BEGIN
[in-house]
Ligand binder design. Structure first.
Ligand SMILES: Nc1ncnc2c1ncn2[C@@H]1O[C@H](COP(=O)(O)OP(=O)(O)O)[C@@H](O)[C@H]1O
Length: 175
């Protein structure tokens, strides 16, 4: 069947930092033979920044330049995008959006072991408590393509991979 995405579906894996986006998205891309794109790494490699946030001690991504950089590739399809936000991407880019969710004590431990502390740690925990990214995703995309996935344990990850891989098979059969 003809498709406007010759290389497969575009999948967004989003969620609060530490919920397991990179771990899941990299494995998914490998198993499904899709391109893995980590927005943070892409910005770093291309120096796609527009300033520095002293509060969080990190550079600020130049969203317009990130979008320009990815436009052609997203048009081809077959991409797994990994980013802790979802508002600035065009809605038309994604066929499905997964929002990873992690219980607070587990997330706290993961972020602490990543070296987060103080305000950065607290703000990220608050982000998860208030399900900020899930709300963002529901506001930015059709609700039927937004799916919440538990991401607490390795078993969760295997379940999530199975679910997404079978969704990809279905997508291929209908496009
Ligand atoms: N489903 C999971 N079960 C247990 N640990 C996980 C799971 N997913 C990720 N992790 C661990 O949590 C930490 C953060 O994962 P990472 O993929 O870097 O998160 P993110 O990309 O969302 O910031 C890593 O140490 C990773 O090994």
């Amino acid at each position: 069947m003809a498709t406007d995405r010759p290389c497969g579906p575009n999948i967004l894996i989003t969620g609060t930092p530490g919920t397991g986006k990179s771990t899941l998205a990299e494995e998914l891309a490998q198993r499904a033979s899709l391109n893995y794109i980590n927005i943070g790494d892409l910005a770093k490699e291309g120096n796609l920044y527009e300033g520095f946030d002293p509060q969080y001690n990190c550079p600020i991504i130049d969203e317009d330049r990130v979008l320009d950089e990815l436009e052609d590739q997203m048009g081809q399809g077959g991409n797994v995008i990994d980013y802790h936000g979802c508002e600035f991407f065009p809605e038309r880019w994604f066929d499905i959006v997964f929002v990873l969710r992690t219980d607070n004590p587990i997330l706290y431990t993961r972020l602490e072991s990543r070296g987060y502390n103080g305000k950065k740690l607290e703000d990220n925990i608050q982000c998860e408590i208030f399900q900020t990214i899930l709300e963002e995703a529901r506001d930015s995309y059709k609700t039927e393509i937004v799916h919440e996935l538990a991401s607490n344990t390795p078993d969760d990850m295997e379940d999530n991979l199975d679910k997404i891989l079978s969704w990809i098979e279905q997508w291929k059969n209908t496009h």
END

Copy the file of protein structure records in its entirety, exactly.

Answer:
[in-house]
Ligand binder design. Structure first.
Ligand SMILES: Nc1ncnc2c1ncn2[C@@H]1O[C@H](COP(=O)(O)OP(=O)(O)O)[C@@H](O)[C@H]1O
Length: 175
């Protein structure tokens, strides 16, 4: 069947930092033979920044330049995008959006072991408590393509991979 995405579906894996986006998205891309794109790494490699946030001690991504950089590739399809936000991407880019969710004590431990502390740690925990990214995703995309996935344990990850891989098979059969 003809498709406007010759290389497969575009999948967004989003969620609060530490919920397991990179771990899941990299494995998914490998198993499904899709391109893995980590927005943070892409910005770093291309120096796609527009300033520095002293509060969080990190550079600020130049969203317009990130979008320009990815436009052609997203048009081809077959991409797994990994980013802790979802508002600035065009809605038309994604066929499905997964929002990873992690219980607070587990997330706290993961972020602490990543070296987060103080305000950065607290703000990220608050982000998860208030399900900020899930709300963002529901506001930015059709609700039927937004799916919440538990991401607490390795078993969760295997379940999530199975679910997404079978969704990809279905997508291929209908496009
Ligand atoms: N489903 C999971 N079960 C247990 N640990 C996980 C799971 N997913 C990720 N992790 C661990 O949590 C930490 C953060 O994962 P990472 O993929 O870097 O998160 P993110 O990309 O969302 O910031 C890593 O140490 C990773 O090994």
């Amino acid at each position: 069947m003809a498709t406007d995405r010759p290389c497969g579906p575009n999948i967004l894996i989003t969620g609060t930092p530490g919920t397991g986006k990179s771990t899941l998205a990299e494995e998914l891309a490998q198993r499904a033979s899709l391109n893995y794109i980590n927005i943070g790494d892409l910005a770093k490699e291309g120096n796609l920044y527009e300033g520095f946030d002293p509060q969080y001690n990190c550079p600020i991504i130049d969203e317009d330049r990130v979008l320009d950089e990815l436009e052609d590739q997203m048009g081809q399809g077959g991409n797994v995008i990994d980013y802790h936000g979802c508002e600035f991407f065009p809605e038309r880019w994604f066929d499905i959006v997964f929002v990873l969710r992690t219980d607070n004590p587990i997330l706290y431990t993961r972020l602490e072991s990543r070296g987060y502390n103080g305000k950065k740690l607290e703000d990220n925990i608050q982000c998860e408590i208030f399900q900020t990214i899930l709300e963002e995703a529901r506001d930015s995309y059709k609700t039927e393509i937004v799916h919440e996935l538990a991401s607490n344990t390795p078993d969760d990850m295997e379940d999530n991979l199975d679910k997404i891989l079978s969704w990809i098979e279905q997508w291929k059969n209908t496009h």